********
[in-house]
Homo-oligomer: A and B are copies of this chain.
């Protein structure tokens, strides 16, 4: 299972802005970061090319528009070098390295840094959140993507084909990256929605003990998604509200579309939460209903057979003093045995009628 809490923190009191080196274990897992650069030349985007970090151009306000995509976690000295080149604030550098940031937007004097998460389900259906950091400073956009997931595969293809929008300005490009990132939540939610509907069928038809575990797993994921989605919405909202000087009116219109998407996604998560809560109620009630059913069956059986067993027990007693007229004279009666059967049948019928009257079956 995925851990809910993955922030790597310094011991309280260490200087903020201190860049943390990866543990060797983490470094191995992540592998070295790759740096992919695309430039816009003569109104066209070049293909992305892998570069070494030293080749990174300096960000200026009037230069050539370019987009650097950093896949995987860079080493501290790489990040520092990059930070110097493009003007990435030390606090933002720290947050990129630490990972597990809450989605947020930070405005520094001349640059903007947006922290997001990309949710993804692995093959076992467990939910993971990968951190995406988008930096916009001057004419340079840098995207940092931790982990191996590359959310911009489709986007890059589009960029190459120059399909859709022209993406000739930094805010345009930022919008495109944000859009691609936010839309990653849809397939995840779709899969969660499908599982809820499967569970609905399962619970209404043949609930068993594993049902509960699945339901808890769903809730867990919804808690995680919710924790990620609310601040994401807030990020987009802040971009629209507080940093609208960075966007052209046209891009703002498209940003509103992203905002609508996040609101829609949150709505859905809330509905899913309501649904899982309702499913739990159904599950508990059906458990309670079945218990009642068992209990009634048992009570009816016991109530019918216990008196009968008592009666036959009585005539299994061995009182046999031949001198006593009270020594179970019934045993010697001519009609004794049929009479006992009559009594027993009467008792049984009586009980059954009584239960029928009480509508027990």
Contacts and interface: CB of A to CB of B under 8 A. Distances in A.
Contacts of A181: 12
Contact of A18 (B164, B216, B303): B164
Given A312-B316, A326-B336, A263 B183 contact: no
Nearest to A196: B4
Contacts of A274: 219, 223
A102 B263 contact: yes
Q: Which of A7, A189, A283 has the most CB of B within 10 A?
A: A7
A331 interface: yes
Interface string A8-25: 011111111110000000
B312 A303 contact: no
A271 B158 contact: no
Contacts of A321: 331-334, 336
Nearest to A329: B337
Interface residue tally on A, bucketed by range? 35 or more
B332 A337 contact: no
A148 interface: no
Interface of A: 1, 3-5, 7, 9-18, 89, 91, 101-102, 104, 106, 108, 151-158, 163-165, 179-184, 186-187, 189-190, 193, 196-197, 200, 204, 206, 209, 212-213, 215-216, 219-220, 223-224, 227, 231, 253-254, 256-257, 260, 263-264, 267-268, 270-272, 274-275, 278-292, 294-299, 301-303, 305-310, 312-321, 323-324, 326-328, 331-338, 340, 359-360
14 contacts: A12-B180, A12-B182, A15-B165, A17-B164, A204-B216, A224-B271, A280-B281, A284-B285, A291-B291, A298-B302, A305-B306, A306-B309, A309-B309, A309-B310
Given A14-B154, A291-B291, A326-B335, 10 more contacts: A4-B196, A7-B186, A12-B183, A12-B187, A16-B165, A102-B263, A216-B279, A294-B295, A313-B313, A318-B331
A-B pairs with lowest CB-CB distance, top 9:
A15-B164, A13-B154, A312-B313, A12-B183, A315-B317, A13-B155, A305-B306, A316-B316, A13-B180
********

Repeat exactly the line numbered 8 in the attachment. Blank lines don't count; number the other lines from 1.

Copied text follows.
Nearest to A196: B4